The most comprehensive dataset of quantitative democracy indicators is probably Polity IV, compiled by Ted Robert Gurr, Keith Jaggers, Monty Marshall, and their collaborators. This dataset stands out for its long empirical time frame (data go all the way back to a country’s date of independence, with the cut-off at 1800), its transparent and detailed coding rules, and its use of multiple coders and of tests of inter-coder reliability. To create the database, coders drawing on secondary literature assigned each of the world’s independent nations, in each year from 1800 to 2008, scores on “democracy” and “autocracy.” The scores are based on three sets of criteria: (1) “openness and competitiveness of the recruitment of the chief executive”; (2) “constraints on the authority of the chief executive”; and (3) “political participation and opposition.” Each criterion has subcomponents. For example, political participation and opposition includes “regulation of participation” (how much factionalism and personalism there is in politics) and “competitiveness of participation” (how much incumbents restrict political opposition). The subcomponents and components are scored, weighted, and combined to form a democracy score ranging from 10 to 0, as well as an autocracy score ranging from 0 to -10 (10 is most democratic, -10 is most autocratic). The two scores are then combined to form a “Polity” score ranging from 10 (most democratic) to -10 (most autocratic). The coding is done transparently and systematically and is checked for inter-coder consistency.
The data and a guide are at the Polity IV Project gateway page. Go there, scroll down to Polity IV Data Series version 2010, click on the link, then scroll down to Polity IV: Regime Authority Characteristics and Transitions Datasets,” and click on “Polity IV Users’ Manual pdf file” for the codebook (on the left side of the web page) and on “Excel times[sic]-series data” for the data (on the right side of the web page).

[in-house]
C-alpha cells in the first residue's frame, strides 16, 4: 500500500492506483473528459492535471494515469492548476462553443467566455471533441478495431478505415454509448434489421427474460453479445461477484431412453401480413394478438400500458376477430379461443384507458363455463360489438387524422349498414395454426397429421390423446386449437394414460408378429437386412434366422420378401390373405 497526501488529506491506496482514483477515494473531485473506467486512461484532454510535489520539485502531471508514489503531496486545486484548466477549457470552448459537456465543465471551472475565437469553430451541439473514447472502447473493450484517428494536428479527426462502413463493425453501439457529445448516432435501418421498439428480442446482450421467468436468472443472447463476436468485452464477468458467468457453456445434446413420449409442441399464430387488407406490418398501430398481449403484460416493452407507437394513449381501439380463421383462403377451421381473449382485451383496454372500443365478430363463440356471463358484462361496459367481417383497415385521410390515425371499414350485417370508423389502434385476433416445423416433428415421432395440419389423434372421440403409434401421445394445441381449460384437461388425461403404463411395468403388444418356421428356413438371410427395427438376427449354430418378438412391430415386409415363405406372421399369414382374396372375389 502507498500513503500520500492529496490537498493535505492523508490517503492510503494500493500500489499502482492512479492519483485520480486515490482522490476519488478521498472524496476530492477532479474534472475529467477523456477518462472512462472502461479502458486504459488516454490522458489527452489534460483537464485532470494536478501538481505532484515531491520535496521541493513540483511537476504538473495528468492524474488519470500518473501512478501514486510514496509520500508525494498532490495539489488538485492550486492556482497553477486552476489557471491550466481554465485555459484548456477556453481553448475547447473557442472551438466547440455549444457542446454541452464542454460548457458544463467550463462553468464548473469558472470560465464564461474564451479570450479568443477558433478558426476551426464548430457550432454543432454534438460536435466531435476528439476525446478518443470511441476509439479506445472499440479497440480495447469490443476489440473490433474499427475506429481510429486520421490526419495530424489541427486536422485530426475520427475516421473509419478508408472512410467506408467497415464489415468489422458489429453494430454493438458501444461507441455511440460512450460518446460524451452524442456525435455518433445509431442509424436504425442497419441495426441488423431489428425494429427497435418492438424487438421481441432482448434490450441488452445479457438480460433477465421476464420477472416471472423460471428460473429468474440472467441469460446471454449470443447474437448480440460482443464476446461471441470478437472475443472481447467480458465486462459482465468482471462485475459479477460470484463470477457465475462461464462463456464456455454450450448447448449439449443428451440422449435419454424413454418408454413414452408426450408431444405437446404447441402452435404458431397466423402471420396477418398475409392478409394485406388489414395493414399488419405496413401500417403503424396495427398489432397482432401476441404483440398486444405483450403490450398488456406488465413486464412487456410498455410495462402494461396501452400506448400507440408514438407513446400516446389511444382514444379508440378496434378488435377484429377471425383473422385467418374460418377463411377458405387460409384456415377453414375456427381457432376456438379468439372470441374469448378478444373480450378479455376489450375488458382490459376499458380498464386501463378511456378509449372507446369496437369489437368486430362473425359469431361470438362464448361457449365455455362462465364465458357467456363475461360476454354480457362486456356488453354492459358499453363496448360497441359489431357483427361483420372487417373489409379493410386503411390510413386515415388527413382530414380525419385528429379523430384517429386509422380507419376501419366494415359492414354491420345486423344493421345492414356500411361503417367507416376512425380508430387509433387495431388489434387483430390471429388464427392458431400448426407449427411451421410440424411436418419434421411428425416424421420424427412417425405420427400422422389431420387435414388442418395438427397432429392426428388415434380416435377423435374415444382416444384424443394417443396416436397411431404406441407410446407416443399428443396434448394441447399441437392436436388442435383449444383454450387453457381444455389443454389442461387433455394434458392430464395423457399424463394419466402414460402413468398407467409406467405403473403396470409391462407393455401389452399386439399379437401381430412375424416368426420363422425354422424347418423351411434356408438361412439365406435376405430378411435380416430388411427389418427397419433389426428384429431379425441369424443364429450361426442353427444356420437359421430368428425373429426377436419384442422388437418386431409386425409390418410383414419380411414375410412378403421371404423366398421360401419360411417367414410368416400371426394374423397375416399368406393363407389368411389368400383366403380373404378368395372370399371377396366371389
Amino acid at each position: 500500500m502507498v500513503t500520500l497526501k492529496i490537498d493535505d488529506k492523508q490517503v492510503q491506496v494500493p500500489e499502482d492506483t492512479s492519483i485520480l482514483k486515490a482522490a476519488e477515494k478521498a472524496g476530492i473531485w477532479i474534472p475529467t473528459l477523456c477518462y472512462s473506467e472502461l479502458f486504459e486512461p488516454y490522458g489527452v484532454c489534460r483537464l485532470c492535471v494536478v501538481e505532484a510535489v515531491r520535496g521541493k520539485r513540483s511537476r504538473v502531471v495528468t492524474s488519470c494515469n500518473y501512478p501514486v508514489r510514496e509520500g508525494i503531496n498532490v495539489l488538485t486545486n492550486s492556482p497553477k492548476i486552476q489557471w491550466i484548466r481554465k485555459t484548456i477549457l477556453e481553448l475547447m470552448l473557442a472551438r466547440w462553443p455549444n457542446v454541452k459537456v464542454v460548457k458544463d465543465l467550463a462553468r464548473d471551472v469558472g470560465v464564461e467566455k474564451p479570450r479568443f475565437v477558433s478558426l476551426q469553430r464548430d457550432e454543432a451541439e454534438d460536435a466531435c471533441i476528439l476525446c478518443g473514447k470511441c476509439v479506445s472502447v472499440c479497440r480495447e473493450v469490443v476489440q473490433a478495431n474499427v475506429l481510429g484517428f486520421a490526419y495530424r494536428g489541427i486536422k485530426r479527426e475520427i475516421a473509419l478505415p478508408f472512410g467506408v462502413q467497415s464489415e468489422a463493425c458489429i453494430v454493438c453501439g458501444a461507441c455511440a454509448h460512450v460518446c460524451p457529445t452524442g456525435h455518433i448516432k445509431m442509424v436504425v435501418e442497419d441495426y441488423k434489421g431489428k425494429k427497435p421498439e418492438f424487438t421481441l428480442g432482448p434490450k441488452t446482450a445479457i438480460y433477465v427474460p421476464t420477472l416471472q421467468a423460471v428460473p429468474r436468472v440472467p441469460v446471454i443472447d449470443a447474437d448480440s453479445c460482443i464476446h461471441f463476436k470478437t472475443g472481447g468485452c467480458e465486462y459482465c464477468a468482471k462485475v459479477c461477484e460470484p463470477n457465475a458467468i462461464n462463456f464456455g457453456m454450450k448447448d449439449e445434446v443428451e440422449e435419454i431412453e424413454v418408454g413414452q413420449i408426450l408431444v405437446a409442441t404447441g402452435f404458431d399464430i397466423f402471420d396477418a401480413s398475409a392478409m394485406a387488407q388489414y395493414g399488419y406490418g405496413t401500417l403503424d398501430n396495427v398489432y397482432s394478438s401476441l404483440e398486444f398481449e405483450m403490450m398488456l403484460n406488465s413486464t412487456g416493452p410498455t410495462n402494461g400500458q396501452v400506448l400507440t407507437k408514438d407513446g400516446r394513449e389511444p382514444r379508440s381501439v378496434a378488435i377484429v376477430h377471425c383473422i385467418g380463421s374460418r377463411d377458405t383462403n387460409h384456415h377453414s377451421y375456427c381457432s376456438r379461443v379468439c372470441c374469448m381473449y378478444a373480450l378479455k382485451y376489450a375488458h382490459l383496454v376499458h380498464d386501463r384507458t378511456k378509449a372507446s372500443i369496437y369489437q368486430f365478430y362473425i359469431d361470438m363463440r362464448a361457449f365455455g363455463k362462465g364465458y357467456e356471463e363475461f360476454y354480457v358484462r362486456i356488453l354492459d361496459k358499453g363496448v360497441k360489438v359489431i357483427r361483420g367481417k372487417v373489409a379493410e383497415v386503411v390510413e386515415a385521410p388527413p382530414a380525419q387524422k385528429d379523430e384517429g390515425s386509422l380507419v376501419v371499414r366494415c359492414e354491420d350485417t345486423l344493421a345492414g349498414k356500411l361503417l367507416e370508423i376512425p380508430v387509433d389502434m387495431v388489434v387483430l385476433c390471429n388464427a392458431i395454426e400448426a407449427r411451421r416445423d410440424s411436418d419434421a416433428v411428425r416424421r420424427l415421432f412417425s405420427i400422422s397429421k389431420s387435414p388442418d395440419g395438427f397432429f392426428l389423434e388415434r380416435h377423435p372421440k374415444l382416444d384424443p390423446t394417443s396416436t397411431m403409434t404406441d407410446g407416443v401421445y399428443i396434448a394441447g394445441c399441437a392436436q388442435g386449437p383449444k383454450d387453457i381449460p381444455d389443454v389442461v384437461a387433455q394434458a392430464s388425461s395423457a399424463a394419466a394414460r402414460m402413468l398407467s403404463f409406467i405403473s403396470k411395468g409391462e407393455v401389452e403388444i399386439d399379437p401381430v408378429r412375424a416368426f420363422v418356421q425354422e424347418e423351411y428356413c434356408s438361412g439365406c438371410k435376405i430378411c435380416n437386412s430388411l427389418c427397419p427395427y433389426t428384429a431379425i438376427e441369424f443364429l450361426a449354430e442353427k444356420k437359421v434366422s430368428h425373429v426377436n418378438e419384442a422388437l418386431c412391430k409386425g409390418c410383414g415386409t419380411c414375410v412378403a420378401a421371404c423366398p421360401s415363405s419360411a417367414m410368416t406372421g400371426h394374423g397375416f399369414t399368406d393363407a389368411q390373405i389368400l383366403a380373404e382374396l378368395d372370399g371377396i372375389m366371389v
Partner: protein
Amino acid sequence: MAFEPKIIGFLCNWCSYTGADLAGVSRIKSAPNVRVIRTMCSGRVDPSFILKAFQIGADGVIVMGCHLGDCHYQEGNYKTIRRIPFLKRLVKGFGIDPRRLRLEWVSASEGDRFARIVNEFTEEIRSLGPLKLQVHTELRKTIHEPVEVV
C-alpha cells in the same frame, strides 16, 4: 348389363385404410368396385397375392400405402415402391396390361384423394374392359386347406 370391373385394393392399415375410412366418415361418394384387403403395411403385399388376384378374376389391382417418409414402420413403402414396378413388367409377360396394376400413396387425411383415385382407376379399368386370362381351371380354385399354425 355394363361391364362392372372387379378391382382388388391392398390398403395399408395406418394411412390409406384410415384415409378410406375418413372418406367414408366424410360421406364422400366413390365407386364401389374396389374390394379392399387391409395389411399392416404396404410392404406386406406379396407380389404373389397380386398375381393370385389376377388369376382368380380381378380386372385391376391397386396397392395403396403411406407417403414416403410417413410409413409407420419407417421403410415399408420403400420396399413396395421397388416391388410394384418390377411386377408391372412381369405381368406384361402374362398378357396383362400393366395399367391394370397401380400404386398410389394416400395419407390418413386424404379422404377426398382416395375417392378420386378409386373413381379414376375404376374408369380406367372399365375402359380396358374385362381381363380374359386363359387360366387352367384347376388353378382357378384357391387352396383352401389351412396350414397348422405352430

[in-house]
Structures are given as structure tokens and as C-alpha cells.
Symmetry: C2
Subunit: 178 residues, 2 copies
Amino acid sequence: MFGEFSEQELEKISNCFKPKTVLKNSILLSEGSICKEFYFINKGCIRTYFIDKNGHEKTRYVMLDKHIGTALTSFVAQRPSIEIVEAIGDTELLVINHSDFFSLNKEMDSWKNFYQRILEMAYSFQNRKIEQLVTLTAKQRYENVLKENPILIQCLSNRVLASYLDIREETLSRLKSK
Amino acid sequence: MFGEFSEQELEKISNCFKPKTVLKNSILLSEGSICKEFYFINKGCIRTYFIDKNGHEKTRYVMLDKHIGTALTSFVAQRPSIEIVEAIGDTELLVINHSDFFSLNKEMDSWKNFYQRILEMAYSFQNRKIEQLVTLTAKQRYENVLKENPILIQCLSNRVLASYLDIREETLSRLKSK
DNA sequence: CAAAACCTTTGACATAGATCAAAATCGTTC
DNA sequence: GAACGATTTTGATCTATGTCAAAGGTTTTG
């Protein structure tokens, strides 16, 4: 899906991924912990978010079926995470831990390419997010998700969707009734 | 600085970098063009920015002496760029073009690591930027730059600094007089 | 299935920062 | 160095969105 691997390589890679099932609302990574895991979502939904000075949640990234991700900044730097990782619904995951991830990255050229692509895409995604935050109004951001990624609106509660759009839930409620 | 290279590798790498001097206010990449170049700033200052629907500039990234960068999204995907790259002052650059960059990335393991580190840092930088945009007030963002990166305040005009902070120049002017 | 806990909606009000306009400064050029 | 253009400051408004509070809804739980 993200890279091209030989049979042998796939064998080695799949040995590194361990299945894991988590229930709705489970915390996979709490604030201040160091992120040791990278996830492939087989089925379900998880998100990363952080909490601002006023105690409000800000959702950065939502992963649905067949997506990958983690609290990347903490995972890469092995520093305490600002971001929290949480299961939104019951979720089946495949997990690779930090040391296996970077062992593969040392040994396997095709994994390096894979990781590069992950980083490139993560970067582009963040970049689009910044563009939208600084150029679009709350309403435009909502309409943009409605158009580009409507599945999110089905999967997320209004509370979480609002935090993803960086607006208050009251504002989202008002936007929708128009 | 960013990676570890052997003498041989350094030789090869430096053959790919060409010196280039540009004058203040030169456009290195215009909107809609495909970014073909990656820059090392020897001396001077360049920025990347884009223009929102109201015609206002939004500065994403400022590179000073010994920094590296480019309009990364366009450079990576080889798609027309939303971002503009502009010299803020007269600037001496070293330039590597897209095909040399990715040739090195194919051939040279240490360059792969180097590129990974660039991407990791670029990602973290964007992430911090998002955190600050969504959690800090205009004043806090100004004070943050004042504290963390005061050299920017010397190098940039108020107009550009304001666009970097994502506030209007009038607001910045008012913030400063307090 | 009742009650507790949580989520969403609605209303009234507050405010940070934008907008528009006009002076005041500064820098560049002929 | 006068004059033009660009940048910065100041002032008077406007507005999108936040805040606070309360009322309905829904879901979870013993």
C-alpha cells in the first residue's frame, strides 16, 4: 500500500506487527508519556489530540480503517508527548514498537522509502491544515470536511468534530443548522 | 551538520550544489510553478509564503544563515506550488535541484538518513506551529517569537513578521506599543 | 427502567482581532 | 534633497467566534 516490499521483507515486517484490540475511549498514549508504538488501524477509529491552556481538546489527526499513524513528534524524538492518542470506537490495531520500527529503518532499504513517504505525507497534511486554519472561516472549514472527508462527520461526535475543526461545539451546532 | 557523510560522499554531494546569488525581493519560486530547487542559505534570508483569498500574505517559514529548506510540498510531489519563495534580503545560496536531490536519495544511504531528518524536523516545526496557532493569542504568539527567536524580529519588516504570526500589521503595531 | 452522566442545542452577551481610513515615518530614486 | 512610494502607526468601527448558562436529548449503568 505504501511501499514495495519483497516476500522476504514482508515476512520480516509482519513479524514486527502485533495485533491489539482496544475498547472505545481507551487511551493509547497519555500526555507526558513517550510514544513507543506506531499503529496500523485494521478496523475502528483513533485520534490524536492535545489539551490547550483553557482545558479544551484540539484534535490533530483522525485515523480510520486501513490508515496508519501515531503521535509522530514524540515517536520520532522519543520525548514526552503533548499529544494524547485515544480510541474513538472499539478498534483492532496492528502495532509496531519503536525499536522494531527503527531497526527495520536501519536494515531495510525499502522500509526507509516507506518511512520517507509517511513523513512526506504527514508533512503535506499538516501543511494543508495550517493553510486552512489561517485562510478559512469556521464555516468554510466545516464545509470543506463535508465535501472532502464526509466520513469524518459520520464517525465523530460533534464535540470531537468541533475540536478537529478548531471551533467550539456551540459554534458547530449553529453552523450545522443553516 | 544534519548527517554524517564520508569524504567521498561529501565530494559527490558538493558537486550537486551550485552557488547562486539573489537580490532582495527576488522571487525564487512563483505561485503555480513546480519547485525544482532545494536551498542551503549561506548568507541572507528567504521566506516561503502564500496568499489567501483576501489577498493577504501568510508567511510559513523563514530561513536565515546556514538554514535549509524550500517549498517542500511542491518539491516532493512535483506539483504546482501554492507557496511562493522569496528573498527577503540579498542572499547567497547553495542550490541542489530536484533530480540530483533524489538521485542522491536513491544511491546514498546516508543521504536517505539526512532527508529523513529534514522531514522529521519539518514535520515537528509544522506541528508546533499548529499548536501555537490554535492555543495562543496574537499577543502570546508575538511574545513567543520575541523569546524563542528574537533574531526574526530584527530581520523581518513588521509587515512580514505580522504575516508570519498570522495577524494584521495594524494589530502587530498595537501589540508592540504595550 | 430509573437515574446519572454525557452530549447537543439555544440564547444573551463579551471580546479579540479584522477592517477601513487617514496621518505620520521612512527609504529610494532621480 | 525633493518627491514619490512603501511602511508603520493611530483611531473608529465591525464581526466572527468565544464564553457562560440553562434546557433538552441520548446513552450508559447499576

Freedom House rates countries annually on “civil liberties” and “political liberties.” Go here and scroll down to “Country ratings and status, FIW 1973-2011″; an Excel spreadsheet with the time series for some 200 countries downloads to your desktop. The methodology by which the scores were produced is described here.
A useful description and critique of quantitative democracy indicators, including the Polity and Freedom House indicators, is Gerardo Munck and Jay Verkuilen, “Conceptualizing and Measuring Democracy: Evaluating Alternative Indices.” Comparative Political Studies 35 No. 1 (February 2002), 5-34. The article and commentary on it are available here if you or your institution subscribe to this journal. Another useful paper by Gerry Munck on this topic is, for the time being (April 2012), here.
The International Institute for Democracy and Electoral Assistance (IDEA) has useful databases on voter turnout, electoral systems, and gender quotas for national legislative seats. Click here and try the links under “Databases and Networks.”
A World Bank webpage provides access to aggregate governance indicators for 212 countries for 1996-2007 for six dimensions of governance: voice and accountability, political stability and absence of violence, government effectiveness, regulatory quality, rule of law, and control of corruption.
The Fraser Institute in Vancouver, BC, rates most countries of the world for 1970, 1975, 1980, 1985, 1990, 1995, and each year from 2000 to 2009 according to how closely each conforms to what the Institute defines as a free-market system. To make sense of the data you’ll need to consult the Report. The 2010 Report is downloadable in .pdf format, and the data in Excel format, at the Fraser Institute website.